By far the highlight of our time in the Batangas was our visit to a small village called Tubog, isolated among the sugar cane fields. The YWAM base has a ministry in this village for kids, so they took us with them to visit on our last day. We had to walk through sugar cane fields for half an hour to reach the village, and as we walked we collected a small army of kids along the way. They knew the YWAM leaders we were with so they were super friendly and excited to meet us, as were the few adults we encountered. They took us into the fields and one of the small boys (probably junior high age) expertly climbed a coconut tree to throw down some coconuts for us. When astroviper voiced a desire to taste sugarcane, a couple of boys ran off to the field to cut him a good one. It started pouring rain suddenly, and we took shelter under a tree with the kids, then they cut us umbrellas from banana leaves for our trek home. It’s difficult to describe how our hearts were simply filled with joy from this experience, the kids being so friendly and giving, so genuinely happy to meet us, and I wish I didn’t have to say this but, so surprisingly free of that look we had grown accustomed to that says “oh look, a foreigner that might give me money or buy me something.” Let’s just say I smiled more that day than I have in a long time.

Hanging out and eating coconuts with the sugar cane kids

You probably can’t see him, but there’s a kid at the top of that tree, knocking coconuts down for us. He climbed it super fast too!

My banana leaf umbrella! Best ever! 

The morning after our sugar cane village adventure, we headed back to Manila for our last day in the Philippines. We decided to spend our last afternoon there having High Tea with friends at the Shangri-La in Makati City. It was a very elegant experience, perhaps the fanciest hotel I’ve ever been to, but the cost was incredibly reasonable, about 500p, or just over 10 Canadian dollars each. Luxury in flip flops!

High Tea at the Shangri-La!

Finally, we fulfilled a tradition that my friend and I started seven years earlier, by having our “last supper” at Bubba Gump’s Restaurant. Fried shrimp! Shrimp cocktail! BBQ’d shrimp! Shrimp pasta! And so on…

Bubba Gump’s! Our last supper.

Bourbon BBQ shrimp skewers… the BEST! Sorry Japan, Bubba Gump just does seafood better than you.

Late that night, or more accurately earlier the next morning, we headed for the airport and, after an overly excessive amount of checkpoints (beware Manila Airport! I think we counted seven or eight!), were Japan-bound once more.

With all the uncertain expectations that went into this trip with me, it is difficult to tease out how the trip impacted me in the end. On a superficial level, I built a mental list of all the things Japan needs to learn from the Philippines to be more awesome: learning English in school and actually speaking it, Peppermint Mochas at Starbucks, clothes with sleeves long enough for me, cheap everything, Western food uncorrupted by Japanese meddling, friends made easily, the list goes on. But as we got to the end of the trip and upon our return to Japan, I had to admit that the list goes both ways: not having to maniacally watch our stuff at all times, hot showers with pressure, a peaceful lack of dogs and roosters waking us up at the butt-crack of dawn. It was difficult for me to admit it to myself, but I actually felt a sense of relief when we got off the plane in Osaka. The Philippines was relaxing, but returning to Japan was a different kind of relaxing, like returning “home.” While I’ve always held the Philippines in my heart as my second home, and while I was overjoyed to share a small slice of it with my husband, Japan is my “home” right now, in terms of a physical and cultural place. In terms of family, the Philippines will always be my second home, thanks to the expansive and accepting “family” I have there; this is something I don’t believe Japan will ever rival. Overall, we both came back from our Philippines adventure refreshed, recharged, and ready to take on Japan once more.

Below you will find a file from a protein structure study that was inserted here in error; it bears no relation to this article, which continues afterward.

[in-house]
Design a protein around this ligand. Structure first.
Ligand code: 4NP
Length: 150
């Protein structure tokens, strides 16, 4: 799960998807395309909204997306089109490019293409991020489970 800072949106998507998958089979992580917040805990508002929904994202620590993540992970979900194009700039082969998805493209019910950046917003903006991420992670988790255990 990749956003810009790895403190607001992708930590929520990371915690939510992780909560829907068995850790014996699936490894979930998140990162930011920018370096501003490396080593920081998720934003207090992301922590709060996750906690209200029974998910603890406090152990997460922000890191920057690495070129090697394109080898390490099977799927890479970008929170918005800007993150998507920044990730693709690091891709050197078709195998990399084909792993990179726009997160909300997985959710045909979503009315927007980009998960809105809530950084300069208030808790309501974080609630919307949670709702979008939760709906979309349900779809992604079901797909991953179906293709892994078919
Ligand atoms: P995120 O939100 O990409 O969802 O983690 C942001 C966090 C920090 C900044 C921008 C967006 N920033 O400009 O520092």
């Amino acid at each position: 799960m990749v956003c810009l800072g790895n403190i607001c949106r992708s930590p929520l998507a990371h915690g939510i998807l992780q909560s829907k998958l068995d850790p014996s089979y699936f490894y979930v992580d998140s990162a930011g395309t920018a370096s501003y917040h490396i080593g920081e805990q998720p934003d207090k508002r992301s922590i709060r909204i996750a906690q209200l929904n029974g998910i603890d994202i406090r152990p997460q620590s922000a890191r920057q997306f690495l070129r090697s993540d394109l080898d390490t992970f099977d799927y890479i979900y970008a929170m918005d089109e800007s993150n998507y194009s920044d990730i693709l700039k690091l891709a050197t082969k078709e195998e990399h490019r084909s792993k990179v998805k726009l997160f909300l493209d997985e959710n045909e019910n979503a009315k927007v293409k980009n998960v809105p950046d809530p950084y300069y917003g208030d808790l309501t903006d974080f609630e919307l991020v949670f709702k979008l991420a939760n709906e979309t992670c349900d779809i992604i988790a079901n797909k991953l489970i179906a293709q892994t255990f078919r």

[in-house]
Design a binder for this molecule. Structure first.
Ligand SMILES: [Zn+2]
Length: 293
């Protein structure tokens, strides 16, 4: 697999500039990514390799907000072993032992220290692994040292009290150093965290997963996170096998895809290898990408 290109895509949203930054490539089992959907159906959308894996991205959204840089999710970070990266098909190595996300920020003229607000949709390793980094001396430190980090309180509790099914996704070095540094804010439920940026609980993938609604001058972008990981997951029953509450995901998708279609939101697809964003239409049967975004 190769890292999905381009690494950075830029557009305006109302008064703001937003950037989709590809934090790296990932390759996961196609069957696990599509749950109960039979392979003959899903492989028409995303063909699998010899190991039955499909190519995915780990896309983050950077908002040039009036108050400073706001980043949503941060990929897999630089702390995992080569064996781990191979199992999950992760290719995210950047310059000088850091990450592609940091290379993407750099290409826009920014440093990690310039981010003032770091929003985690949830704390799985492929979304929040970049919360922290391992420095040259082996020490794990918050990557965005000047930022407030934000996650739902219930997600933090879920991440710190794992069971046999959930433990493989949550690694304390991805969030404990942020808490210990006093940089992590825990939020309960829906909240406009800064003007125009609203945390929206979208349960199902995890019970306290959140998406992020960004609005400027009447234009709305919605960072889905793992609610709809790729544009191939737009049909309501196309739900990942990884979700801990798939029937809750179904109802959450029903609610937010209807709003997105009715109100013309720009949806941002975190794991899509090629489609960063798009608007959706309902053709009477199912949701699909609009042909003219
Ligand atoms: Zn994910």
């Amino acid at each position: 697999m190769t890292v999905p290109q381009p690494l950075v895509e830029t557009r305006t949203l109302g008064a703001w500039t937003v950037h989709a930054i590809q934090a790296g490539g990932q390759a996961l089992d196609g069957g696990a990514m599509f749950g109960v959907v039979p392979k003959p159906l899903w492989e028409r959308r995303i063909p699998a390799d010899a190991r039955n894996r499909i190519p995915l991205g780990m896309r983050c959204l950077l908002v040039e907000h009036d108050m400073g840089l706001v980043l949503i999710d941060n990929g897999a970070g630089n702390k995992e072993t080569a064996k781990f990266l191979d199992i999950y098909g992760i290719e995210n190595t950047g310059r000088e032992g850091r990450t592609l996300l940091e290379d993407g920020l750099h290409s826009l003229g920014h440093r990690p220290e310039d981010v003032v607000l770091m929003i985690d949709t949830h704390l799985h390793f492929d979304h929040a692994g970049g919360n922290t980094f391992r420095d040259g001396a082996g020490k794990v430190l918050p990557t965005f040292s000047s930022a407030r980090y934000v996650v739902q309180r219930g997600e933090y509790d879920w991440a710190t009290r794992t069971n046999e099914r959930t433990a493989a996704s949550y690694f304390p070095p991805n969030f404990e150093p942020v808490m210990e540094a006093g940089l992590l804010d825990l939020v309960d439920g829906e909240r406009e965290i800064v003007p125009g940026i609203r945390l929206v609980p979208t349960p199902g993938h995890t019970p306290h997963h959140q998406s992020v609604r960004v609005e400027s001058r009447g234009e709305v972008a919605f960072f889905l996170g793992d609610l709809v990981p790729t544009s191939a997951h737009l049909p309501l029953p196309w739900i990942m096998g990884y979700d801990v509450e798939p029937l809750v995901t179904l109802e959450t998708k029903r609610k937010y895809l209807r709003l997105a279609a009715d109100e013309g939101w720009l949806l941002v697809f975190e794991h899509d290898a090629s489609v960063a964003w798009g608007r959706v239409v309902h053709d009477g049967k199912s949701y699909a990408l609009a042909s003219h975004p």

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7 thoughts on “The Philippines Revisited, part two: New Year’s in Manila and Batangas

  1. Pingback: What’s The Opposite Of A Banana? | Breaking Moulds

  2. Enjoyed the blog. Tagaytay / Taal area of the Philippines is my most favorite place in the world. I lived about 10 minutes from the volcano rim and visited often. While in the Philippines, I hosted YWAM teams from UofN – Kona, 1999-2002.

    One day, while taking a jeepney, the ‘conductor’ began to collect the money for the hour trip. When he got to me, not knowing I knew a little of the language, he attempted to charge me double. I remained silent and stared at him. He tried again to collect double the normal fair. Still silent. All of a sudden a Lola (grandmother) began to call him down for such poor judgement. “How dare you charge him more just because he is white! This is why we have a poor reputation.” He retreated to the top of the Jeepney and never collected from me. I thanked Lola with a smile and Thank you in her native tongue. Big smiles all around!

    You made me jealous with the posted photos. 🙂

    • Hi Kevin, glad you enjoyed it! I like your jeepney story, I wish I had the language skills for that! I was there for my DTS in 2004 (Baguio) but this was my first time to Taal, it was a pretty cool experience! Thanks for stopping by my blog, take care! 🙂

  3. Great narrative! By the way, foreigners/tourists are charged higher in some destinations, based on my experienced in Southeast Asia. I’m not sure though with other countries. But you are right, it’s a church and it’s quite ironic for them to do that. Also, the photo umbrella photo is that of banana leaf. Hehehe. Anyway, thanks for sharing your experience. Countries can learn from each other.

    • Hi! Thanks for checking out my blog! You’re right, it’s not uncommon for foreigners to be charged extra in SE Asia, it was just sad to see it in writing like that, and in a church! It was such a contrast to how hospitably we were treated by the majority of ppl we encountered! And thanks about the banana leaf, you’re totally right, I’ll change that! Take care!